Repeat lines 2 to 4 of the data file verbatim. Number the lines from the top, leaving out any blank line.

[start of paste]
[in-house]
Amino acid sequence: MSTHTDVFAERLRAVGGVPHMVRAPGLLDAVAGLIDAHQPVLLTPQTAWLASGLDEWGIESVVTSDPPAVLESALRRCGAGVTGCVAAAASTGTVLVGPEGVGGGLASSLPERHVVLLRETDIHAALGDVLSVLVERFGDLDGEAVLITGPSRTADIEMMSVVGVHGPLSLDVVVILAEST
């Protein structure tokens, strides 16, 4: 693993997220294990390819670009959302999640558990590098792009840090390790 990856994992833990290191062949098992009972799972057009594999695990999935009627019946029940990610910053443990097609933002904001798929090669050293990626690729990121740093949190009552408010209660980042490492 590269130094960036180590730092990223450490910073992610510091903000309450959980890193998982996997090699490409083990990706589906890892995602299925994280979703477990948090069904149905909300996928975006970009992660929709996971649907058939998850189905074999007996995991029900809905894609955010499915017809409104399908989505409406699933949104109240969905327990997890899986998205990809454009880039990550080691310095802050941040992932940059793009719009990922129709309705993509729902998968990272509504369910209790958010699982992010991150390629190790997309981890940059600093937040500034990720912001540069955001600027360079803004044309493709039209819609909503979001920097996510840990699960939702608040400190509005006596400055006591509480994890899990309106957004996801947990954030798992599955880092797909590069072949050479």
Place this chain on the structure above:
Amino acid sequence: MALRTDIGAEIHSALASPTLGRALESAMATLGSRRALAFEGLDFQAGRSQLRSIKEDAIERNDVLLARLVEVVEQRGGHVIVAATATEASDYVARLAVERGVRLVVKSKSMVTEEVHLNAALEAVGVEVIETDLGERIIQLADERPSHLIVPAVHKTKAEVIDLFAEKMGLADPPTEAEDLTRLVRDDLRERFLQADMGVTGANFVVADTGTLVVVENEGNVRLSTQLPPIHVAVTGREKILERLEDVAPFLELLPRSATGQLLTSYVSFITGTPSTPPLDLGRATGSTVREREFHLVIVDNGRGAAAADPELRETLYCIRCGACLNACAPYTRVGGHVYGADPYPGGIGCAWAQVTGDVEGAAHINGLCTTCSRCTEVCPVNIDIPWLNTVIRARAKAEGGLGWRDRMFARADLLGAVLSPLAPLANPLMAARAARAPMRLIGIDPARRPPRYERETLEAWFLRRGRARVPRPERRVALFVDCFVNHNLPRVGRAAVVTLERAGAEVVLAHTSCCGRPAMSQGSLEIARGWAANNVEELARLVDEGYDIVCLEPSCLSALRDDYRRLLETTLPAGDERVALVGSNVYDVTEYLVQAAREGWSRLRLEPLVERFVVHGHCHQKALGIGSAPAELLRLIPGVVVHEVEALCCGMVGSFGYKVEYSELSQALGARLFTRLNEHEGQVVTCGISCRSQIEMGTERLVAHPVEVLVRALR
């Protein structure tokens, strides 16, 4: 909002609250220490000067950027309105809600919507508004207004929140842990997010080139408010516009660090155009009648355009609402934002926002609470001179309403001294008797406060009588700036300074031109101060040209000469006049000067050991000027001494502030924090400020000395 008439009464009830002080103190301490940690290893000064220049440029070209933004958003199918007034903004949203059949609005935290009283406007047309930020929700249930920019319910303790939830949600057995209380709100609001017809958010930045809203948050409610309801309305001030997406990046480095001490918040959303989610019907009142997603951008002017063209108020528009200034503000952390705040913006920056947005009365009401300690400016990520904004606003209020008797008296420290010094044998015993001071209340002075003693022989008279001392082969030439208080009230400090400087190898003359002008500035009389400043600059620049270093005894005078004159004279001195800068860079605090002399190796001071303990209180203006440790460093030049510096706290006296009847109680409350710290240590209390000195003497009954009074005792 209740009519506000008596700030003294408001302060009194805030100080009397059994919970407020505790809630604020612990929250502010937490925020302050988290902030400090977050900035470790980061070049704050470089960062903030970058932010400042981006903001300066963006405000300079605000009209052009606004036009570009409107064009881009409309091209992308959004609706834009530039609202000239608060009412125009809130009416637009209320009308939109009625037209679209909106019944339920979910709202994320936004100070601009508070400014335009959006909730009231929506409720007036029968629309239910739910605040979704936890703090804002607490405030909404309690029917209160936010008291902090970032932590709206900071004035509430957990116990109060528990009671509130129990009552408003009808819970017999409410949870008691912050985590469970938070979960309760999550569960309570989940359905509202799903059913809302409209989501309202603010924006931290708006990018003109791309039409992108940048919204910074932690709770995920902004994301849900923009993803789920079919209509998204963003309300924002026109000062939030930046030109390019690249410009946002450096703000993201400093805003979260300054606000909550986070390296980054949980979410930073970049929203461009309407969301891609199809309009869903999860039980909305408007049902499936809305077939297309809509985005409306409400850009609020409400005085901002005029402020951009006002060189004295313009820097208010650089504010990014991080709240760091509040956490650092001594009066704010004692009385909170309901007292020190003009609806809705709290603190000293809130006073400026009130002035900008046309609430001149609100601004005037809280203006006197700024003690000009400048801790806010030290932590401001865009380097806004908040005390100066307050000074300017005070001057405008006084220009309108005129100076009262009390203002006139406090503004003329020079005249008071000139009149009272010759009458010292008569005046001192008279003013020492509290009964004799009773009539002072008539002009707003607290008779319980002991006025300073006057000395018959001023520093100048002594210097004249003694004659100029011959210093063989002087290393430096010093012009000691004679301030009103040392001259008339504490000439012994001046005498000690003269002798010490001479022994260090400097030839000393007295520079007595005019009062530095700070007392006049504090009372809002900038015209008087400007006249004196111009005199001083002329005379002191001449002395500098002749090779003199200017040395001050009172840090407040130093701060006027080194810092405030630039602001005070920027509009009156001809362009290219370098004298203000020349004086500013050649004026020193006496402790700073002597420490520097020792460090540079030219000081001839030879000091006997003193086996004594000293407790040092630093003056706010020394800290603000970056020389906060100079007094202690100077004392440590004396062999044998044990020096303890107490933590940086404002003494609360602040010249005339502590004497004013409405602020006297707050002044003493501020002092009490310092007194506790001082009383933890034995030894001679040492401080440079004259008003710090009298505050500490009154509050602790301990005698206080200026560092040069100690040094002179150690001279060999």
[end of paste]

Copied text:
Amino acid sequence: MSTHTDVFAERLRAVGGVPHMVRAPGLLDAVAGLIDAHQPVLLTPQTAWLASGLDEWGIESVVTSDPPAVLESALRRCGAGVTGCVAAAASTGTVLVGPEGVGGGLASSLPERHVVLLRETDIHAALGDVLSVLVERFGDLDGEAVLITGPSRTADIEMMSVVGVHGPLSLDVVVILAEST
């Protein structure tokens, strides 16, 4: 693993997220294990390819670009959302999640558990590098792009840090390790 990856994992833990290191062949098992009972799972057009594999695990999935009627019946029940990610910053443990097609933002904001798929090669050293990626690729990121740093949190009552408010209660980042490492 590269130094960036180590730092990223450490910073992610510091903000309450959980890193998982996997090699490409083990990706589906890892995602299925994280979703477990948090069904149905909300996928975006970009992660929709996971649907058939998850189905074999007996995991029900809905894609955010499915017809409104399908989505409406699933949104109240969905327990997890899986998205990809454009880039990550080691310095802050941040992932940059793009719009990922129709309705993509729902998968990272509504369910209790958010699982992010991150390629190790997309981890940059600093937040500034990720912001540069955001600027360079803004044309493709039209819609909503979001920097996510840990699960939702608040400190509005006596400055006591509480994890899990309106957004996801947990954030798992599955880092797909590069072949050479």
Place this chain on the structure above: